Strategies to Improve Your Requirement Gathering Process

When projects fail _ or worse, when completed projects don’t actually achieve the desired end state _ you can sometimes look all the way back to your Business Requirements Gathering process. I’ve been a project manager for more than 20 years, yet I don’t know many people who wake up each day excited about this stage. You can almost hear the chorus of inner groans. No wonder: It can be tedious, it can be time-consuming, and worse of all, it can be ineffective.

But when done correctly, Requirements Gathering can mean a home run for your project. When it’s done really well (aka strategically), that’s when a Business Analyst becomes the hero that just hit the home run with the bases loaded at the bottom of the 9th in October.

Now that’s exciting!

So what’s the difference? Recently, I had a discussion with my colleagues on this subject. I’m teaching a Business Analysis Boot Camp, and as we were reviewing content, we began to map out what became a “BR philosophy,” of sorts. How do you “peel back the onion” to make sure your project is off to the very best start?

How to improve your requirement gathering process

How to Improve Your Requirement Gathering Process

1. Start with an agenda, then be willing to throw it out the window

An agenda and thorough framework are essential for successful requirements gathering sessions – your meetings with stakeholders are unlikely to get anywhere unless you start with an idea of where you want to go. That said, great business analysts remain open to throwing the agenda out the window to explore a new idea. The challenge is having a deep enough understanding of your organization’s goals and challenges to know which rabbit holes are worth exploring, and which aren’t.

2. Be relentless in your pursuit of requirements

A common mistake in the requirement gathering process is limiting input to the core individuals and stakeholders for a given project. Limited inputs lead to limited success. Take the extra time to gather information from every department, team, and individual that will touch your project or be affected by the outcome. Corner the people who stayed quiet through a discovery session during the coffee breaks – you’ll be surprised how many times you’ll come back to the table with information you would have otherwise missed. Focus on any interfaces that are mentioned, including implied or explicitly stated “inputs.”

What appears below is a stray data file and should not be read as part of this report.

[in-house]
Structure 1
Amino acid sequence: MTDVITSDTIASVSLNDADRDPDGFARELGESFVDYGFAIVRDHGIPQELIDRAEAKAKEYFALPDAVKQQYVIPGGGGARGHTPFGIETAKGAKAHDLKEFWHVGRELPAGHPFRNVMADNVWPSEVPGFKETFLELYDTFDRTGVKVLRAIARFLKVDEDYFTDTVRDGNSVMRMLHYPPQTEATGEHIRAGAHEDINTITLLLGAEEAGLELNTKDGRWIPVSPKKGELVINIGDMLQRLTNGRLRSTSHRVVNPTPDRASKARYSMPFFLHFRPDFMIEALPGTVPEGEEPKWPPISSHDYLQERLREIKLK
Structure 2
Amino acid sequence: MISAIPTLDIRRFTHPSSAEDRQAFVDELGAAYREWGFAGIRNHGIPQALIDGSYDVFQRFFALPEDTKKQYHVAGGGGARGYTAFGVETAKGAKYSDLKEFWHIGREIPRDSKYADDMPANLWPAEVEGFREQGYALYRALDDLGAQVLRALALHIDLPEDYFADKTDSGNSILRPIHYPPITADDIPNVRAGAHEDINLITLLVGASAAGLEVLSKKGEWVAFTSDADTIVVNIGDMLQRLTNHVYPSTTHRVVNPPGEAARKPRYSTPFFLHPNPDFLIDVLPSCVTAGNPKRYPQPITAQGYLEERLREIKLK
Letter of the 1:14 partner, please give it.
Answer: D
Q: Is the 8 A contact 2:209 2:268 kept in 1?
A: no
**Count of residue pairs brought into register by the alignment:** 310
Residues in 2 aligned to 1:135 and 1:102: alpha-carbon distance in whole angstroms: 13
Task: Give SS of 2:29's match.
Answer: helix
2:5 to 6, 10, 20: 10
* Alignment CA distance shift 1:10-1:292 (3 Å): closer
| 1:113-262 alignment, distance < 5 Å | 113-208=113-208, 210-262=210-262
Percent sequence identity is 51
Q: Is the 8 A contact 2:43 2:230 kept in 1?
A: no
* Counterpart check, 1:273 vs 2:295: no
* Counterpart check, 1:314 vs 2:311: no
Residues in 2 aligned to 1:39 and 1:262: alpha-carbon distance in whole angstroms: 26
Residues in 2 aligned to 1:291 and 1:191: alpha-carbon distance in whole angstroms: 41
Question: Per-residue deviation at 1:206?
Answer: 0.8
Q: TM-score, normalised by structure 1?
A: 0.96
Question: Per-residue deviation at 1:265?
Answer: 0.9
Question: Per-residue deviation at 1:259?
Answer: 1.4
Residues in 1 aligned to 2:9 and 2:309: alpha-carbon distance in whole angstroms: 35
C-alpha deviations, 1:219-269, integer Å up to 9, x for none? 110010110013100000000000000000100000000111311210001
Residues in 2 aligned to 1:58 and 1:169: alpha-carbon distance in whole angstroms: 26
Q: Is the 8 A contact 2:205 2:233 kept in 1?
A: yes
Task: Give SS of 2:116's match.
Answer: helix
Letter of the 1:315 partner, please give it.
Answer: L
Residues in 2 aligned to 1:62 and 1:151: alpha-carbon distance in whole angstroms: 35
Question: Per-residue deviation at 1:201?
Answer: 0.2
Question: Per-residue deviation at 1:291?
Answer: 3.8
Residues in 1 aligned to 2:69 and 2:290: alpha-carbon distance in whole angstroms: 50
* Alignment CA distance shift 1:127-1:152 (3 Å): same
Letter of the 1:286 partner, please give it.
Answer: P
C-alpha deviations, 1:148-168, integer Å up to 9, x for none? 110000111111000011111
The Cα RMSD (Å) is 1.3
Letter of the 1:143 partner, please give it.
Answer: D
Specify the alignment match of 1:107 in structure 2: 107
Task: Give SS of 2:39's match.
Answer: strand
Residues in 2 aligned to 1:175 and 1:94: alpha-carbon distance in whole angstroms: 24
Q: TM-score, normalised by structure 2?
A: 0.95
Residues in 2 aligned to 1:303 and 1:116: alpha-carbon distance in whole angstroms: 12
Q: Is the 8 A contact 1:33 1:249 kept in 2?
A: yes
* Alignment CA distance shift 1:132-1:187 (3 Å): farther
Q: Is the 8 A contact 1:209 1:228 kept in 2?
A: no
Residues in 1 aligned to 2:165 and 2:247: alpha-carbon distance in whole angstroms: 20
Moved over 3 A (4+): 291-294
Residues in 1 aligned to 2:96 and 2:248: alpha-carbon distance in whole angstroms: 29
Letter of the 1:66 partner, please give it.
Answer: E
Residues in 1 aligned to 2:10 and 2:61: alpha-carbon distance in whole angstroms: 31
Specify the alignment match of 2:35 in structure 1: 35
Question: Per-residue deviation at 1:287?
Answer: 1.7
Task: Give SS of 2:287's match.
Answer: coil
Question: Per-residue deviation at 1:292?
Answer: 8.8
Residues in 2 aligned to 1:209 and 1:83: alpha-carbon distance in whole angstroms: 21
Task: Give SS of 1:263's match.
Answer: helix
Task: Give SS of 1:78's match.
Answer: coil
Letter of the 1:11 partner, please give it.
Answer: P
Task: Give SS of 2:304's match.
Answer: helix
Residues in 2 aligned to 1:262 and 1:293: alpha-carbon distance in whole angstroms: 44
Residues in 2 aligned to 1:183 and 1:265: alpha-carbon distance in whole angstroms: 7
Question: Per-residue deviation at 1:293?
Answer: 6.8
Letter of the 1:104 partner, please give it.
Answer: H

3. Get ruthless with your red pen

Gathering an exhaustive amount of information at the beginning of a project decreases the risk of hearing the phrase “wouldn’t it be great if we added…” when you’re in the home stretch. It also increases the chances you’ll get distracted by unnecessary requirements – building a Swiss army knife when all you needed was a corkscrew. Once you’ve exhausted your avenues for gathering information, get ruthless with your red pen, separating the “need to have” from the “nice to have.”

4. Take the road less traveled

The “happy path” is a phrase used to describe how a project would progress under ideal conditions, and many of us are guilty of planning our projects according to the happy path.

One of the most common reasons projects fail is the inability to adapt to change, the result of inadequate requirements gathering. That’s why it’s important to leave the happy path for the road less traveled – push to discover how project requirements will change when things don’t happen the way they’re supposed to happen.

Listen for words that indicate assumptions: typically, usually, should, etc. Challenge those assumptions by asking questions and presenting alternative scenarios for every step of a project. At each node of the process, ask “Are there exceptions? What is x? It is always blank who does blank?”

5. Prototype as you go

Visualize and attack – as you hold discovery meetings with your stakeholders, try drawing out the project framework as you go, even if you know it won’t work as-is. Capturing what they’re saying can help the individuals in the room see what they’re missing, and can help them think constructively about project requirements. By the end of the requirement gathering process, you may have an almost-workable solution.

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